What's the most interesting you've learned talking to your users ?

Sydney Cohen
7 replies
While building Axolo we are talking to CTO and developers. Some of the things I learned that were super interesting: Polaris Methodology: One CTO told me this one: They have 6 weeks sprint (Q&A included) + 2 weeks of rest. The rest is a time for them to go back to what hasn't been completely finished 'smelling code' he calls it. Those two weeks is an opportunity for them to refactor and rethink their architecture.

Replies

Engineer. Entrepreneur.
My experience is very different to yours.. But here we go... Users want the problem solved but they are not prepared to make an effort. Its like they'd rather put up with the pain than do something about it.. The measure of collective inertia/laziness and the lack of independent self belief is disturbing.. We have been trained to buy into whatever is marketed widely. Unless the scientific studies are broadcasted everyday and shoved down our throats, we won't buy into it.. Maybe I did a mistake posting this :|
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Founder @Louping
@gogloballakshmi I wanna add that actually, they don't know the real problem. They see the first thing and say "that's my problem! solve this". One book that I really liked (The Mom Test) and explain why most companies have the wrong approach. Usually product teams or entrepreneurs ask wrong questions and do not understand the real problem. If the customer is not ready to make an effort to buy the product, this means that the problem is not the real problem
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Engineer. Entrepreneur.
@misha_mirzai yes I agree to that.. thats the reason for my decision to further go into this rabbit hole to figure out what my customer 'thinks' about their problem.. They may just want a bandaid solution..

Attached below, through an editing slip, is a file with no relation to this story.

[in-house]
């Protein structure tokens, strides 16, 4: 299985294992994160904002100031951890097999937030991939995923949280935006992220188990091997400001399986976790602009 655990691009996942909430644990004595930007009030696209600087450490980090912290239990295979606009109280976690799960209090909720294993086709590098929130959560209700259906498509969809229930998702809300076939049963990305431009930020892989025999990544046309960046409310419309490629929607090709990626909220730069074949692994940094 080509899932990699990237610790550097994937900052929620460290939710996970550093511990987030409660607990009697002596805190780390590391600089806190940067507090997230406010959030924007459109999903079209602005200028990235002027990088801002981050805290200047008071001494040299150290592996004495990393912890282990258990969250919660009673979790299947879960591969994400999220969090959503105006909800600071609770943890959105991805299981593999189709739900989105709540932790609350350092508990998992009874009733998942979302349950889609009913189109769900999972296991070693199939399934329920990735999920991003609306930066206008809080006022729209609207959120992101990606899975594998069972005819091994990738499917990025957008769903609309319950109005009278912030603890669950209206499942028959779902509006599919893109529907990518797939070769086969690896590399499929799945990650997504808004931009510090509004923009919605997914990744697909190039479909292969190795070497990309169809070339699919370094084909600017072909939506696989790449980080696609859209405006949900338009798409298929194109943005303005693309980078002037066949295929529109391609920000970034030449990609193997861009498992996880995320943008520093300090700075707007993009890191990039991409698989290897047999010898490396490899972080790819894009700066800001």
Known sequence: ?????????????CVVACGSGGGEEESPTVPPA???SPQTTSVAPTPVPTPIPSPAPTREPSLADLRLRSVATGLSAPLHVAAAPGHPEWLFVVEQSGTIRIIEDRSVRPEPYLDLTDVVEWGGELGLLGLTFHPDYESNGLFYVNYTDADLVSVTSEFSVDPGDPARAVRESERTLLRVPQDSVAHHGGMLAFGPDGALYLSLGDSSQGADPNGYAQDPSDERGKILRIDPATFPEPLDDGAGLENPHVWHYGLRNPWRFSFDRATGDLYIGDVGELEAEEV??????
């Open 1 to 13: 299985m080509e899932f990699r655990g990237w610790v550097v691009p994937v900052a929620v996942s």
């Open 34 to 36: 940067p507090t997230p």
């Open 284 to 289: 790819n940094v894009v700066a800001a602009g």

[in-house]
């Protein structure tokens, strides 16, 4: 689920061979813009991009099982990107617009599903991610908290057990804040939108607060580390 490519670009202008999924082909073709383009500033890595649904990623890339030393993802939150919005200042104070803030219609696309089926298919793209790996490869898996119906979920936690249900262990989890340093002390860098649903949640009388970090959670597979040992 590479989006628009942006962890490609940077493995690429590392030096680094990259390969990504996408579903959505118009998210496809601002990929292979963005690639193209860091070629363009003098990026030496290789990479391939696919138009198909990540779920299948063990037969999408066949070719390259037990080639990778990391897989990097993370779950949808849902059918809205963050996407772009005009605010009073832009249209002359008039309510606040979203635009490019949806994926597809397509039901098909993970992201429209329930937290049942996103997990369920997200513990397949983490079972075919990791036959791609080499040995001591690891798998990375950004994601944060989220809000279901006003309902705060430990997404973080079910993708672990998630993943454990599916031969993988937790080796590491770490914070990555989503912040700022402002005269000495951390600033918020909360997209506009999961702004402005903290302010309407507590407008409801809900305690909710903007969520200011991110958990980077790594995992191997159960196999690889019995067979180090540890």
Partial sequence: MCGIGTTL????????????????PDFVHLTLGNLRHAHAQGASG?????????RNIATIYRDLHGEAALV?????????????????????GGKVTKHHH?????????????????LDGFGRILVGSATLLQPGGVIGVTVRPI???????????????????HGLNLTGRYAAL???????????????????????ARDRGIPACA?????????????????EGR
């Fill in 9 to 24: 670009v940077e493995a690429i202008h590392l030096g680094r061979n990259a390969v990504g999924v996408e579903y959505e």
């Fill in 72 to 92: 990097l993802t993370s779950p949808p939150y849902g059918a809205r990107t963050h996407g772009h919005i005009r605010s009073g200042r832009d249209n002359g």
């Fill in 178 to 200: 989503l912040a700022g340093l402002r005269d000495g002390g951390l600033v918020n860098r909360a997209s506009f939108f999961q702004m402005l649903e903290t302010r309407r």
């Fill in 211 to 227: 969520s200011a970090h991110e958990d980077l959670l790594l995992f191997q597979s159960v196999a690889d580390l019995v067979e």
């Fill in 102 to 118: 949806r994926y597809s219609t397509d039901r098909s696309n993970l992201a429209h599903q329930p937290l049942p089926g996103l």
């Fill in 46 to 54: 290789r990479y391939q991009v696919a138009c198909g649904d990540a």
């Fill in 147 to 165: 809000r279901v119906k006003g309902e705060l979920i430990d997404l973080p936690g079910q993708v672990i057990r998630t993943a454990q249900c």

Founder & CEO, Easeenet.com.
@gogloballakshmi Inertia is a very strong force, which is great once people are using your solution but not great when you're working to bring on new customers.
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Engineer. Entrepreneur.
@erininpdx 100% Erin!
Co-founder of BOSS Startup Science.
Most interesting items are when I've purposely made a decision in product decision to address what i think is a user concern... but they tell me they need what i tried to fix. For example... i'm currently building online educational materials for founders (https://academy.bossstartupscien...). I've purposely not included a bunch of talking heads with long stories. My assumption was that can be a frustrating waste of time. But early feedback is that they want the stories to connect to, but short and sweet is enough.
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Co Founder @trooprHQ
They are smart, and they know what they are talking about. If you hear them carefully (really carefully) you can take your product to places. A lot of time they are helpful too, they wait for the fix patiently, says encouraging things too :).